Please use this identifier to cite or link to this item: https://doi.org/10.21256/zhaw-4963
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dc.contributor.authorThürmer, J. Lukas-
dc.contributor.authorWieber, Frank-
dc.contributor.authorGollwitzer, Peter M.-
dc.date.accessioned2019-01-09T12:55:50Z-
dc.date.available2019-01-09T12:55:50Z-
dc.date.issued2017-
dc.identifier.issn1664-1078de_CH
dc.identifier.urihttps://digitalcollection.zhaw.ch/handle/11475/14257-
dc.description.abstractThere are two key motivators to perform well in a group: making a contribution that (a) is crucial for the group (indispensability) and that (b) the other group members recognize (identifiability). We argue that indispensability promotes setting collective ("We") goals whereas identifiability induces individual ("I") goals. Although both goals may enhance performance, they should align with different strategies. Whereas pursuing collective goals should involve more cooperation, pursuing individual goals should involve less cooperation. Two experiments support this reasoning and show that planning out collective goals with collective implementation intentions (cIIs or "We-plans") relies on cooperation but planning out individual goals with individual implementation intentions (IIs or "I-plans") does not. In Experiment 1, three-member groups first formed a collective or an individual goal and then performed a first round of a physical persistence task. Groups then either formed a respective implementation intention (cII or II) or a control plan and then performed a second round of the task. Although groups with cIIs and IIs performed better on a physical persistence task than respective control groups, only cII groups interacted more cooperatively during task performance. To confirm the causal role of these interaction processes, Experiment 2 used the same persistence task and manipulated whether groups could communicate: When communication was hindered, groups with cIIs but not groups with IIs performed worse. Communication thus qualifies as a process making cIIs effective. The present research offers a psychology of action account to small group performance.de_CH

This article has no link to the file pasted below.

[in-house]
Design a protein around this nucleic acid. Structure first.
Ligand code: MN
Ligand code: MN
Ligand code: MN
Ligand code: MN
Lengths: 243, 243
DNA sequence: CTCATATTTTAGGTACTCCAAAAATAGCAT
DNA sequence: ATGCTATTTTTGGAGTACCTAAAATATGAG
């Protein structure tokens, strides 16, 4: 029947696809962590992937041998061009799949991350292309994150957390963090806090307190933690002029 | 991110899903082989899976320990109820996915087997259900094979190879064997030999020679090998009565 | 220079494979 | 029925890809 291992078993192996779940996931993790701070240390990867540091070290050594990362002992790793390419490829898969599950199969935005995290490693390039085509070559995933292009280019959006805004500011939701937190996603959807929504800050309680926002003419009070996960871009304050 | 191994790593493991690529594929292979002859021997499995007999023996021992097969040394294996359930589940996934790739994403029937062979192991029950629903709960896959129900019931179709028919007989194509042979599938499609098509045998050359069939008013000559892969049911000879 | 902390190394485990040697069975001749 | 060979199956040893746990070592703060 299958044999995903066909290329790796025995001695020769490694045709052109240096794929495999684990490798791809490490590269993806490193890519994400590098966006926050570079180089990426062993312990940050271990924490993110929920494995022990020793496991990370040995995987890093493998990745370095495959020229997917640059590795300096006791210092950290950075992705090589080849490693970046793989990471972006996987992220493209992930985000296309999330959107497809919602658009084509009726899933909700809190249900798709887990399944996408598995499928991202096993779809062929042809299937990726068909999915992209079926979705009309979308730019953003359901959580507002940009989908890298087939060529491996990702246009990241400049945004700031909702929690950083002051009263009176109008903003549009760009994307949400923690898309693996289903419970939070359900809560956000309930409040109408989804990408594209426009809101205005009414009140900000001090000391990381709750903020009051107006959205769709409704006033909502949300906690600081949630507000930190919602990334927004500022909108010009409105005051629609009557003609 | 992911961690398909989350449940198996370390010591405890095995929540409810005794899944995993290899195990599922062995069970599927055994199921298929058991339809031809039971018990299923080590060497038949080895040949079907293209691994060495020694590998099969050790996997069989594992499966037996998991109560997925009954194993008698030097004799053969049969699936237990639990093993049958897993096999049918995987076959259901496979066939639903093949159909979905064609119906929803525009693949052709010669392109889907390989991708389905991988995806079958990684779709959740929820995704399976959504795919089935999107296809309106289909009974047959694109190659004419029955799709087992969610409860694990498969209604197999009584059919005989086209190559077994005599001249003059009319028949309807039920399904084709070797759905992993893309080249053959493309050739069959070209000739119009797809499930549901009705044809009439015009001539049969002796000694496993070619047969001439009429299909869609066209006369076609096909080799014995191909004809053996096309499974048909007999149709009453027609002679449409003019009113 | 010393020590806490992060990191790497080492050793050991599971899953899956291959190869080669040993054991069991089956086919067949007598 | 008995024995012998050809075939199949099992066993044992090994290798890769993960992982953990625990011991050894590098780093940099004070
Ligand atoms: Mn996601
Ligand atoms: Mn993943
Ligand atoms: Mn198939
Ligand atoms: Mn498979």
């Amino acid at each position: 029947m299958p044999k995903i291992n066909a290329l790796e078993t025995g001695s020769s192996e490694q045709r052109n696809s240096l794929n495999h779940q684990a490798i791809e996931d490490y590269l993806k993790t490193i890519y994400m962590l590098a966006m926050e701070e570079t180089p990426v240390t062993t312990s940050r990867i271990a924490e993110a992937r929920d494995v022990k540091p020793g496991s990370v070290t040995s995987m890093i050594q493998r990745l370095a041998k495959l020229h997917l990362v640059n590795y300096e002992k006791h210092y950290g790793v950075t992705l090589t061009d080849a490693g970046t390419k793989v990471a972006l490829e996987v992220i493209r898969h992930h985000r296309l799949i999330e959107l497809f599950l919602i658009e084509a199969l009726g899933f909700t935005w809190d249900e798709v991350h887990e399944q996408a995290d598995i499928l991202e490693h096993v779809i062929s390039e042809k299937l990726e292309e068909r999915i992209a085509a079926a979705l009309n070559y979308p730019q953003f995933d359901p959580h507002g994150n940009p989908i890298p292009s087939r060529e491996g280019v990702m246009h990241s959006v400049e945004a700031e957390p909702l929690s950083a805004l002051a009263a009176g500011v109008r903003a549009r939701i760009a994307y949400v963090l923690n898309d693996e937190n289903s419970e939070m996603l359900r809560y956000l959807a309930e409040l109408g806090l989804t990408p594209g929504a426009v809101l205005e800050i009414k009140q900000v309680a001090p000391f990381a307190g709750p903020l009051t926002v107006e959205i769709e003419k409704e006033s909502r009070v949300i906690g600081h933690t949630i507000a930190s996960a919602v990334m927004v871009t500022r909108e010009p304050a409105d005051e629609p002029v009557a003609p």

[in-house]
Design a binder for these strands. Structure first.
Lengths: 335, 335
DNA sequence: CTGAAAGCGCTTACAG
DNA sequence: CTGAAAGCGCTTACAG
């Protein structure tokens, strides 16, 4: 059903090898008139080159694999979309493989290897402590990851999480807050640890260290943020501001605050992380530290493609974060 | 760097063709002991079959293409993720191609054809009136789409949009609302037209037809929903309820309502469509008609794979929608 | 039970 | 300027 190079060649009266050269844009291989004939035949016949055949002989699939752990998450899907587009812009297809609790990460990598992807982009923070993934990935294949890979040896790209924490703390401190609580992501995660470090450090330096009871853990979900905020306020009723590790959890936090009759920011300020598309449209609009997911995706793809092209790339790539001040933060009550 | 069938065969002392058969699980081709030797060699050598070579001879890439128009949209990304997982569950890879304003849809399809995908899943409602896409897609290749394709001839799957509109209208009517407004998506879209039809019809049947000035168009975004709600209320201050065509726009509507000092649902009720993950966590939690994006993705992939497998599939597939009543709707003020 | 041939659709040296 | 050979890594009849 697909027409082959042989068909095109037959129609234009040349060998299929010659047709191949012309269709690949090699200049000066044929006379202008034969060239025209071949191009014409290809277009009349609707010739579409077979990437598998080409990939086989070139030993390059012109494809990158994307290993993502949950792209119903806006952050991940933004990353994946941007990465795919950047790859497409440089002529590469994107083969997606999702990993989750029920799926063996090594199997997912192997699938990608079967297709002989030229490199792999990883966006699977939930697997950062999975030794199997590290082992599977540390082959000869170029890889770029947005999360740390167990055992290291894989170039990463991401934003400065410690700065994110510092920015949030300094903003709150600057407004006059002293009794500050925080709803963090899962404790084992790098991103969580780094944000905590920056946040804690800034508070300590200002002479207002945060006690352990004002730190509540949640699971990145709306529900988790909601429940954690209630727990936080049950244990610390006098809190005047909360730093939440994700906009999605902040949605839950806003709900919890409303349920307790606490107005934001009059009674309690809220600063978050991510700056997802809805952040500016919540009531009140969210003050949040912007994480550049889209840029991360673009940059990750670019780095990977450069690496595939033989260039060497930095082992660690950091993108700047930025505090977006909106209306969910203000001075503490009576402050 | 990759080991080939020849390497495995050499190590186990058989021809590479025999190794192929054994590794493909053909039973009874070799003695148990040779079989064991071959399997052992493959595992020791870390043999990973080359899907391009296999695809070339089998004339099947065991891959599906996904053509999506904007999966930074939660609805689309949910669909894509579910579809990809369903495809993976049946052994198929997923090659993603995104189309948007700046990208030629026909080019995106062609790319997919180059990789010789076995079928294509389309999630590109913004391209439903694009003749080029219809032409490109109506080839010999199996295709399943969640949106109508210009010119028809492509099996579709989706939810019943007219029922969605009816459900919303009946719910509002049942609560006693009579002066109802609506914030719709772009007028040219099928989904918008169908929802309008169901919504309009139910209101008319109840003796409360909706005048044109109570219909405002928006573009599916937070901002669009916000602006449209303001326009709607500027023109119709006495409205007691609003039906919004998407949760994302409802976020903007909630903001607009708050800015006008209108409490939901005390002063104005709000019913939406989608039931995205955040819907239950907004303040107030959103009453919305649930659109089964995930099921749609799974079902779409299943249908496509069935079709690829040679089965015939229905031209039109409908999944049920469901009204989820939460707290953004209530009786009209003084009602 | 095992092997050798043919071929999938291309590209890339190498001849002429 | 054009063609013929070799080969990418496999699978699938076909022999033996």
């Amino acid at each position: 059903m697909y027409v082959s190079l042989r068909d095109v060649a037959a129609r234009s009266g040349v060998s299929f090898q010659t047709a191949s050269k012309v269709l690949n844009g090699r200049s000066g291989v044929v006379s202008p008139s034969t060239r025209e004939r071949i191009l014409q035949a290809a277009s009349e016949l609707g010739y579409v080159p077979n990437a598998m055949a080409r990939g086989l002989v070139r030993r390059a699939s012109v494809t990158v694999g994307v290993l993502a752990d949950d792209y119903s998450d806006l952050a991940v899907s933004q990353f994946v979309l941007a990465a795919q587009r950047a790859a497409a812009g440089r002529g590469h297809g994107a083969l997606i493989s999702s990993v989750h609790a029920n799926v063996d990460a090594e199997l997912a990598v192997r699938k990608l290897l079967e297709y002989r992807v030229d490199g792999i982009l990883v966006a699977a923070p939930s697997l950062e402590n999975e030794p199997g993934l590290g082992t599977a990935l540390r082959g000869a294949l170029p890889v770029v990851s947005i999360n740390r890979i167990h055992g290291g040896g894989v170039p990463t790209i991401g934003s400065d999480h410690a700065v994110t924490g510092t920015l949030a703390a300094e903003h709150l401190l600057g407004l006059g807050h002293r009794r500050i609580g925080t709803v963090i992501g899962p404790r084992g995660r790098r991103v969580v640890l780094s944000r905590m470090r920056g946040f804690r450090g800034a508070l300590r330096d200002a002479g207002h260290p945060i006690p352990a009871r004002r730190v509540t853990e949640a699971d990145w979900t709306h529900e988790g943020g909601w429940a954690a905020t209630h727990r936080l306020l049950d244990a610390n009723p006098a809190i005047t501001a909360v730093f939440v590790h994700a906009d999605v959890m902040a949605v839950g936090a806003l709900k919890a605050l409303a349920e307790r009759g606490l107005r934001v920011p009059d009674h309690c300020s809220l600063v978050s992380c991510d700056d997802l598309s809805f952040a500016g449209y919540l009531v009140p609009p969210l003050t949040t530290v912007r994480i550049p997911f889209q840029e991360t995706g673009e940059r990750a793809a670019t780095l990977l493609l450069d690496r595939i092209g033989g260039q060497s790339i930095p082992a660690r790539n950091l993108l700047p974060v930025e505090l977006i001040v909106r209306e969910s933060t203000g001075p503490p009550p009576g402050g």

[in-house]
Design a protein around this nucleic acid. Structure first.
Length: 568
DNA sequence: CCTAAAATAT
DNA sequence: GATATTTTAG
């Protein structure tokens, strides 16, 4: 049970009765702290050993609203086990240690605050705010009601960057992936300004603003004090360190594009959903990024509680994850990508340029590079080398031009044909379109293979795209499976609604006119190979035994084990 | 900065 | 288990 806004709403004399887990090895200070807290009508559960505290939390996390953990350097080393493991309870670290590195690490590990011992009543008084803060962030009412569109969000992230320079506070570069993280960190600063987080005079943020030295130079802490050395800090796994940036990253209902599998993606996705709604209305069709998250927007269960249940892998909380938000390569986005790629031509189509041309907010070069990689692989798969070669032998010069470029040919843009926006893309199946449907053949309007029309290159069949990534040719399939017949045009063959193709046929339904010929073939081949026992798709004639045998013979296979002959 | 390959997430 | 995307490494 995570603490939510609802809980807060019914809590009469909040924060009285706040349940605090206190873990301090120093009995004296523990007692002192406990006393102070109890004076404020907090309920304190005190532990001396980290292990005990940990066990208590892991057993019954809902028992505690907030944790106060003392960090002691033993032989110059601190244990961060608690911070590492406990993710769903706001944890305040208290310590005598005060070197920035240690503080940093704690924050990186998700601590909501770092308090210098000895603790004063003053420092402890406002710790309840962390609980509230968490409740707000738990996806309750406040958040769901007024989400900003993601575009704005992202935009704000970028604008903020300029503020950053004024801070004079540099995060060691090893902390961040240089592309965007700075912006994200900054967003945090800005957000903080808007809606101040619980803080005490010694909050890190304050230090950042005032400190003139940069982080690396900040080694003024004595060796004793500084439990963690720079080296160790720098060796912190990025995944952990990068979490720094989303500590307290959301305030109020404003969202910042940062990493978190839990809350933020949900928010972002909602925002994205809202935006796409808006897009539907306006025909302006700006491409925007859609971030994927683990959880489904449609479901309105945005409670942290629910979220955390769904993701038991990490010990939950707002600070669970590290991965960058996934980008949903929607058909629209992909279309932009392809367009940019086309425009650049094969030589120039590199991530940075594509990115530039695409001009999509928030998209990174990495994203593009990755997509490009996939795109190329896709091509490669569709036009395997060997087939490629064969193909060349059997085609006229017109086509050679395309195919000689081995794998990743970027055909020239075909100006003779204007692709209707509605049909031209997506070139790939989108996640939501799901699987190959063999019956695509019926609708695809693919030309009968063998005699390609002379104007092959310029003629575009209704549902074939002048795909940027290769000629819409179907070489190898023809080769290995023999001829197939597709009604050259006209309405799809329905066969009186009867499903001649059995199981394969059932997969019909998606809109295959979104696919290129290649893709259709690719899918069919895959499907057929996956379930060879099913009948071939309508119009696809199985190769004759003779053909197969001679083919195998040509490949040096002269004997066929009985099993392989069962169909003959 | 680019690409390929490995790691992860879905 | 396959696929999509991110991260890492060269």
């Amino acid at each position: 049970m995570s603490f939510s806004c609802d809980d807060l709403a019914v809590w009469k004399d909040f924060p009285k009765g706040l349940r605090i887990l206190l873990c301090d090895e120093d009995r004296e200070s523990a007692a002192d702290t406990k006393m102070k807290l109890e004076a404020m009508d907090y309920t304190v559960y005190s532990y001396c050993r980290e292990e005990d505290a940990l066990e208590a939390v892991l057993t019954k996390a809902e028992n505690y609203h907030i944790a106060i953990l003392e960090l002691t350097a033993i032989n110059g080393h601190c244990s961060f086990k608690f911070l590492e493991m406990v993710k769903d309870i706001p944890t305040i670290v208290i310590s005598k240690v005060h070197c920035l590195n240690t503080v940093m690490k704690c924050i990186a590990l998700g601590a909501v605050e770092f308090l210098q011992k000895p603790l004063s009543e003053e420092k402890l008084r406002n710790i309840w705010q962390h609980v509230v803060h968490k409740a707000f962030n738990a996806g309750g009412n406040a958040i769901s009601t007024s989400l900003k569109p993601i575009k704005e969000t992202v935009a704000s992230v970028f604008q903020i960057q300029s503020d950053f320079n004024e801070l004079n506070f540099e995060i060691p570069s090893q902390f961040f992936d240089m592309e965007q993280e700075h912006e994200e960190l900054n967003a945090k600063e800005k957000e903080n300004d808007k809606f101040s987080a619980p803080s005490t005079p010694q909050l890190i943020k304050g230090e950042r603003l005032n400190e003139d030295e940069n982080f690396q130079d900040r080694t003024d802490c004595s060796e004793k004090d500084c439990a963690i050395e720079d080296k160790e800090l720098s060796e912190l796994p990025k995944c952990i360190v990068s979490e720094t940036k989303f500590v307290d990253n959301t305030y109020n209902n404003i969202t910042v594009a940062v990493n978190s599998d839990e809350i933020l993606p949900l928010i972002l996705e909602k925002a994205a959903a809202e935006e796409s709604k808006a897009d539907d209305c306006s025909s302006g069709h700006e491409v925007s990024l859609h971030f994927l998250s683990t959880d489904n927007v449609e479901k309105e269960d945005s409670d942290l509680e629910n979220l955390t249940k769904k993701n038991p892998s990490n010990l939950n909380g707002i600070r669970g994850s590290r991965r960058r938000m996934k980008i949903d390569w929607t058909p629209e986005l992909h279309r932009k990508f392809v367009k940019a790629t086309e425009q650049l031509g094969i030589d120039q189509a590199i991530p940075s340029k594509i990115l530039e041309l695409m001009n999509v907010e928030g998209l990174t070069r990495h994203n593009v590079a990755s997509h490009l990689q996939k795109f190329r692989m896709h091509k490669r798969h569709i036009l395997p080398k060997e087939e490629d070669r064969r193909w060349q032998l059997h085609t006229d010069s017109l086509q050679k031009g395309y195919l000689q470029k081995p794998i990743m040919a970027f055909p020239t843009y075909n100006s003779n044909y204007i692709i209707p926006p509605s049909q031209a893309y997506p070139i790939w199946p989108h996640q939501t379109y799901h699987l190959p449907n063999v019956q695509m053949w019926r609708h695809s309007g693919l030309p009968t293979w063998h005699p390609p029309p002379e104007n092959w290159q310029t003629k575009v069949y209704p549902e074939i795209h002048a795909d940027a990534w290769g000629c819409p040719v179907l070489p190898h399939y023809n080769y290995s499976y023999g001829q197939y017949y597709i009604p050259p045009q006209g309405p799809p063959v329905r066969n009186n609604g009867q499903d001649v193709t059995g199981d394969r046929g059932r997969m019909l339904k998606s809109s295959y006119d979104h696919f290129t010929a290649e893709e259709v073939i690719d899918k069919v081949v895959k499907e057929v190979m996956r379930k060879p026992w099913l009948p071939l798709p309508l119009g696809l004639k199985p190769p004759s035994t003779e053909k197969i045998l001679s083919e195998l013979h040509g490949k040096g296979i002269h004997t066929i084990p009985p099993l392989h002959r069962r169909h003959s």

dc.language.isoende_CH
dc.publisherFrontiers Research Foundationde_CH
dc.relation.ispartofFrontiers in Psychologyde_CH
dc.rightshttp://creativecommons.org/licenses/by/4.0/de_CH
dc.subjectCollective implementation intentionsde_CH
dc.subjectCooperation and interactionde_CH
dc.subjectMotivationde_CH
dc.subjectPhysical persistencede_CH
dc.subjectSmall group performancede_CH
dc.subject.ddc302: Soziale Interaktionde_CH
dc.titlePlanning and performance in small groups : collective implementation intentions enhance group goal strivingde_CH
dc.typeBeitrag in wissenschaftlicher Zeitschriftde_CH
dcterms.typeTextde_CH
zhaw.departementGesundheitde_CH
zhaw.organisationalunitInstitut für Gesundheitswissenschaften (IGW)de_CH
dc.identifier.doi10.21256/zhaw-4963-
dc.identifier.doi10.3389/fpsyg.2017.00603de_CH
dc.identifier.pmid28469592de_CH
zhaw.funding.euNode_CH
zhaw.issue603de_CH
zhaw.originated.zhawYesde_CH
zhaw.publication.statuspublishedVersionde_CH
zhaw.volume8de_CH
zhaw.publication.reviewPeer review (Publikation)de_CH
zhaw.webfeedAngewandte Kognitionspsychologiede_CH
zhaw.webfeedLeadership, Coaching und Change Management (IAP)de_CH
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